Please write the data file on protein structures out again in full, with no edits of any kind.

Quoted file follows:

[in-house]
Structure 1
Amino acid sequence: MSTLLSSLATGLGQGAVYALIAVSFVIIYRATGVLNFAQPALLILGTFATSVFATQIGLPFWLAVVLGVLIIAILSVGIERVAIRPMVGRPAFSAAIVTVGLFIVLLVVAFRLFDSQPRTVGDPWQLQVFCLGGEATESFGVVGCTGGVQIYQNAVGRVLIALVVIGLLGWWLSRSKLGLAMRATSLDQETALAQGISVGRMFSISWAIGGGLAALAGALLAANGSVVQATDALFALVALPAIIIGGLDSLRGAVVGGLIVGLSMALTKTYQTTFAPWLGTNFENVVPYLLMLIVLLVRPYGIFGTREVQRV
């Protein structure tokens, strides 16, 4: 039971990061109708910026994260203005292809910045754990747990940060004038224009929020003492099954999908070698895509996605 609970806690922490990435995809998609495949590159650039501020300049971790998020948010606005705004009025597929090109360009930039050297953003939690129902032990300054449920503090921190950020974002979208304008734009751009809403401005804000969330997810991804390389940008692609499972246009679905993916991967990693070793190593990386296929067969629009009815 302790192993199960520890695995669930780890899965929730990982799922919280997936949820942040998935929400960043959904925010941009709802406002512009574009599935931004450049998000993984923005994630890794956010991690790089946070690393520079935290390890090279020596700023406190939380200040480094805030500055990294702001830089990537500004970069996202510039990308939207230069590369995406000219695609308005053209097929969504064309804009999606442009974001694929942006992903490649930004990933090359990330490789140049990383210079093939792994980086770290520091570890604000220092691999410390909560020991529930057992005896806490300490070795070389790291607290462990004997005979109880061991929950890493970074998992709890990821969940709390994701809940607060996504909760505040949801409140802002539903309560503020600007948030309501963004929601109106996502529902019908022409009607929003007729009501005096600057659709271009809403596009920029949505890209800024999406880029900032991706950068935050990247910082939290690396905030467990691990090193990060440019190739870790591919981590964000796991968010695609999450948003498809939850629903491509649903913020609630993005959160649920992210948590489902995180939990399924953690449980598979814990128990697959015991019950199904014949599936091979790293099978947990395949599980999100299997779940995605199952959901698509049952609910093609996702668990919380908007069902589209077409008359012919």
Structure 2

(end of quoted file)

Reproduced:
[in-house]
Structure 1
Amino acid sequence: MSTLLSSLATGLGQGAVYALIAVSFVIIYRATGVLNFAQPALLILGTFATSVFATQIGLPFWLAVVLGVLIIAILSVGIERVAIRPMVGRPAFSAAIVTVGLFIVLLVVAFRLFDSQPRTVGDPWQLQVFCLGGEATESFGVVGCTGGVQIYQNAVGRVLIALVVIGLLGWWLSRSKLGLAMRATSLDQETALAQGISVGRMFSISWAIGGGLAALAGALLAANGSVVQATDALFALVALPAIIIGGLDSLRGAVVGGLIVGLSMALTKTYQTTFAPWLGTNFENVVPYLLMLIVLLVRPYGIFGTREVQRV
């Protein structure tokens, strides 16, 4: 039971990061109708910026994260203005292809910045754990747990940060004038224009929020003492099954999908070698895509996605 609970806690922490990435995809998609495949590159650039501020300049971790998020948010606005705004009025597929090109360009930039050297953003939690129902032990300054449920503090921190950020974002979208304008734009751009809403401005804000969330997810991804390389940008692609499972246009679905993916991967990693070793190593990386296929067969629009009815 302790192993199960520890695995669930780890899965929730990982799922919280997936949820942040998935929400960043959904925010941009709802406002512009574009599935931004450049998000993984923005994630890794956010991690790089946070690393520079935290390890090279020596700023406190939380200040480094805030500055990294702001830089990537500004970069996202510039990308939207230069590369995406000219695609308005053209097929969504064309804009999606442009974001694929942006992903490649930004990933090359990330490789140049990383210079093939792994980086770290520091570890604000220092691999410390909560020991529930057992005896806490300490070795070389790291607290462990004997005979109880061991929950890493970074998992709890990821969940709390994701809940607060996504909760505040949801409140802002539903309560503020600007948030309501963004929601109106996502529902019908022409009607929003007729009501005096600057659709271009809403596009920029949505890209800024999406880029900032991706950068935050990247910082939290690396905030467990691990090193990060440019190739870790591919981590964000796991968010695609999450948003498809939850629903491509649903913020609630993005959160649920992210948590489902995180939990399924953690449980598979814990128990697959015991019950199904014949599936091979790293099978947990395949599980999100299997779940995605199952959901698509049952609910093609996702668990919380908007069902589209077409008359012919």
Structure 2